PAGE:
SOLD FOR: $2481.56
Make: Sharps Rifle Manufacturing Co.
Model: New Model 1865
Serial Number: C44398
Year of Manufacture: 1865-1866 Antique
Caliber: .50-70 Government Conversion
Action Type: Falling Block Single Shot Rifle
Markings: The base of the rear sight is marked “R. S. LAWRENCE / PATENTED / FEB. 15th 1859”. The lock plate is marked “C. SHARPS’ PAT. / OCT. 5th 1852”. Above that, rear of the hammer, is marked “R.S. LAWRENCE PAT. / APRIL 12th 1859.”. The left side of the receiver is marked “C. SHARPS’ PAT. / SEPT. 12th 1848”. The top of the barrel is marked “SHARP’S RIFLE / MANUFG. CO. / HARTFORD, CONN.” and “NEW MODEL 1865” near the receiver. The left side of the barrel at the rear is marked “c”. The left side of the shank is marked “RSL” (Robert S. Lamotte Capt., USA Sharps Rifles 1861-1869).
Barrel Length: 22”
Sights / Optics: The front sight is a rounded blade slotted in a base that is fixed to the barrel. The rear sight is a fixed V-notch when flipped down. In the up position, there is a V-notch glider that graduates from 200-800 yards. The very top of the rear sight has a fixed V-notch when flipped up.
Stock Configuration & Condition: The stocks are two piece smooth wood with a banded forearm, straight grip and comb, and a carbine buttplate. There is a repaired crack on the right side of the wrist. There are scattered nicks, scratches, and compressions. There are a couple more notable compressions in the belly and at the front of the forearm. There is a gash exposing newer wood on the left side of the wrist. There is a split in the wood on the right side of the wood. The LOP measures 13 7/8” from the front of the trigger to the back of the buttplate, which shows erosion and light pitting. The stocks rate in about Good overall condition as Antique and repaired.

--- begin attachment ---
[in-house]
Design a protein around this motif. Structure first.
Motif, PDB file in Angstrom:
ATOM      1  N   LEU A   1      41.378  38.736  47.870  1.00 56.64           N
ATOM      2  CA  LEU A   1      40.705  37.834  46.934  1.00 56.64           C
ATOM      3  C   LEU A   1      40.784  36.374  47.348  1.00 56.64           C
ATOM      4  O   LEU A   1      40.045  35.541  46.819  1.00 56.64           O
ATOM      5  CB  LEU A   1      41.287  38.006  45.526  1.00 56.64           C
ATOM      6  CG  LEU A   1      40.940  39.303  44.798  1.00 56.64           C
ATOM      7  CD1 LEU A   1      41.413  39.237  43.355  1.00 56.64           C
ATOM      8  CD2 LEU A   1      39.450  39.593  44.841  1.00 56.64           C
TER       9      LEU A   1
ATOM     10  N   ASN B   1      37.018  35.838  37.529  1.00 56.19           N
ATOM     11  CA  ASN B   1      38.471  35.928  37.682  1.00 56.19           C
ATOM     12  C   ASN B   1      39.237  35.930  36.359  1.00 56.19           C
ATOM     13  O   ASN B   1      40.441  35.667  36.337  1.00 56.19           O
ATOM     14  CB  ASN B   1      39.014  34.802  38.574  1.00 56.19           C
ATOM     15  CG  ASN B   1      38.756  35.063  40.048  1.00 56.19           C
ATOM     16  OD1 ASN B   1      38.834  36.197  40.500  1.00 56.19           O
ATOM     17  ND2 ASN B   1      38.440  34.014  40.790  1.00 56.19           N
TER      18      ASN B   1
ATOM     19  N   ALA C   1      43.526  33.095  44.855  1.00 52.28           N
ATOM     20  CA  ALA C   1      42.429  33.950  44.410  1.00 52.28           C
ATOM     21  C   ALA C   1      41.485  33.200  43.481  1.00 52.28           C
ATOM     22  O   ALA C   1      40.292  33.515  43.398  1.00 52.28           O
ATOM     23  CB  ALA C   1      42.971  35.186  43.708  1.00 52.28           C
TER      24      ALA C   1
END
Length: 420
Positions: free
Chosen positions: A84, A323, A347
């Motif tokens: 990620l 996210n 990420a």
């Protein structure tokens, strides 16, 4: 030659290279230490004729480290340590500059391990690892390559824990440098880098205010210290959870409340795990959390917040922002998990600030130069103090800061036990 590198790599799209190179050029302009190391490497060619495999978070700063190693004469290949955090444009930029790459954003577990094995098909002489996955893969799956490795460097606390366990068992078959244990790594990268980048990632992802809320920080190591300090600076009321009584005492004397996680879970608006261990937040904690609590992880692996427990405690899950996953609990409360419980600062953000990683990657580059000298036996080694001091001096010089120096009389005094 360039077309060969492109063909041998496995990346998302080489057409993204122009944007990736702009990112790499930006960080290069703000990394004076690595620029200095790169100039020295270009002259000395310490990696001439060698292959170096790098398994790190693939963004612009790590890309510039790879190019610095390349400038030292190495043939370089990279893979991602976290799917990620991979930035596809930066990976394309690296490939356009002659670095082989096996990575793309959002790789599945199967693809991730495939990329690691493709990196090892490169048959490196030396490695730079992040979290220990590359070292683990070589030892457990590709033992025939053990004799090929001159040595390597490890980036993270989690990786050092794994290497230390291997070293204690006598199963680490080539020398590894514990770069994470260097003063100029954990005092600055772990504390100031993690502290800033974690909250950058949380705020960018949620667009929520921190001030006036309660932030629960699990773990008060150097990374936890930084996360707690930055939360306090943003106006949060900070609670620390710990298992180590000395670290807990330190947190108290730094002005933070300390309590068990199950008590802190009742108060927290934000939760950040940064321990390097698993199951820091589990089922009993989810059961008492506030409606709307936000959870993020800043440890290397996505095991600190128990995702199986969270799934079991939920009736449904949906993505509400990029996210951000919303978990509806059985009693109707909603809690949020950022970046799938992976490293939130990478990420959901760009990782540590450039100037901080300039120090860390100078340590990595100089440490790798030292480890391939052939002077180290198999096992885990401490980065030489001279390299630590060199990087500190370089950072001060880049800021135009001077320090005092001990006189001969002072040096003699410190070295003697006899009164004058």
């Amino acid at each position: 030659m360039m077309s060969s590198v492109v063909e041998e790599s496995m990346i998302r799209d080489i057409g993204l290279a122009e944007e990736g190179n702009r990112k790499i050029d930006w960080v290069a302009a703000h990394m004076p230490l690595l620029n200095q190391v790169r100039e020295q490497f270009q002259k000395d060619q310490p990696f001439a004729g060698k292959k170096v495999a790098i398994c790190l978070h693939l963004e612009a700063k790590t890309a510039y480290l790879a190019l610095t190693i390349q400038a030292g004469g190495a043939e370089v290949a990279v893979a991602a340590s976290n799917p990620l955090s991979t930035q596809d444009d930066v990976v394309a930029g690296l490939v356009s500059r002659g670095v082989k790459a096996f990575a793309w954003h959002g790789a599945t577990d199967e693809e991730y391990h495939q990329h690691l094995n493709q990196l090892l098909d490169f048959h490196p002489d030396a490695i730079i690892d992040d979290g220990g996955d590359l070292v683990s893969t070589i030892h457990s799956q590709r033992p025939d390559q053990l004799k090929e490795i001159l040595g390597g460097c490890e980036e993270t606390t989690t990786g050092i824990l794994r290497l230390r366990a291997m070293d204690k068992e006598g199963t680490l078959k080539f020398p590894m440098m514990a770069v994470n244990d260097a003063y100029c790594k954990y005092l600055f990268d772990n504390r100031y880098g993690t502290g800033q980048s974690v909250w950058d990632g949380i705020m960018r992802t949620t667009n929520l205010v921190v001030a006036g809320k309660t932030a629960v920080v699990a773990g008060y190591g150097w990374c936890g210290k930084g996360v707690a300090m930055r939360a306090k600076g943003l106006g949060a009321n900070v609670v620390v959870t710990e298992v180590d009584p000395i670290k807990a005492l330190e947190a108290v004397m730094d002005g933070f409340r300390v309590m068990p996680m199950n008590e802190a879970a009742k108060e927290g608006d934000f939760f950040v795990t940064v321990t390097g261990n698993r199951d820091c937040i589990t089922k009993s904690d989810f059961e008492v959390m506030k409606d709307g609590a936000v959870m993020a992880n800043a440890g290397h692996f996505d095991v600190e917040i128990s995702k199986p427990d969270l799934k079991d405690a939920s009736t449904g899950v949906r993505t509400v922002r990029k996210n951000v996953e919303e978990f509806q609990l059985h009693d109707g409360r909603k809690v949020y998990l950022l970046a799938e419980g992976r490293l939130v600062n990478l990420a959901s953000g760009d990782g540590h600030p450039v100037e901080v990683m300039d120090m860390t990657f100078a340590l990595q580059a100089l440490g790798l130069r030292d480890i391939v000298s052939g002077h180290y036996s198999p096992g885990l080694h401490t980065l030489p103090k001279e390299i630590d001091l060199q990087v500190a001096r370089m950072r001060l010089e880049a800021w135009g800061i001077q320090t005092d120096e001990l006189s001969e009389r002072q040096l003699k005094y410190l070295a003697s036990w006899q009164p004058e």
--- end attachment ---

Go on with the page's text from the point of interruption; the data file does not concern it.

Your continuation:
Type of Finish: Blue & Case Color
Finish Originality: Original
Bore Condition: The bore is mostly dim and the rifling is well defined. There is scattered erosion and pitting in the bore.
Overall Condition: This rifle retains about 5% of its metal finish. The balance of the finish shows little nicks, dings, and scratches throughout the metal surfaces. The case coloring has muted entirely. There is light erosion scattered on the receiver and bottom metal. There are trace amounts of blue on the barrel at the front and rear. There is scattered surface erosion and light pitting throughout the various surfaces. The screw heads are serviceable. The markings are clear. Overall, this rifle rates in about Good-Plus condition as Antique.
Mechanics: The action functions correctly. The action closes tightly. We did not fire this rifle. As with all used firearms, a thorough cleaning may be necessary to meet your maintenance requirements.
Box, Paperwork & Accessories: None.
Our Assessment: From the NRA Museum Website, “During the Civil War, the Federal government bought over 80,000 Sharps carbines and nearly 10,000 Sharps Rifles. These arms were highly regarded by the troops who used them. Sharps Carbines found favor with Federal cavalry troopers, and New Model 1859 Rifles were used with great success by famous infantry units such as Colonel Hiram Berdan’s U.S. SharpShooters, perhaps the first specialty troops in the history of modern warfare, as well as the 5th New York (Duryea’s Zouaves) and the 13th Pennsylvania Reserves (Bucktails). Even the Confederate government recognized the superiority of the New Model 1859 Carbine, contracting with the Richmond firm of S.C. Robinson for the production of 5,000 copies. The New Model 1859 was followed by the New Model 1863 and New Model 1865 Carbines and Rifles. These were nearly identical to the New Model 1859, differing primarily in barrel stampings, the omission of buttstock patchboxes, and in the design or absence of bayonet lugs. Many versions of all three arms were later converted for use with .50-70 and .52-70 caliber metallic cartridge ammunition in the years following the Civil War.” This is a New Model 1865 converted for use with .50-70 rounds. It is in about Good-Plus condition as Antique and would make an excellent addition to a civil war era collection. Please see our photos and good luck!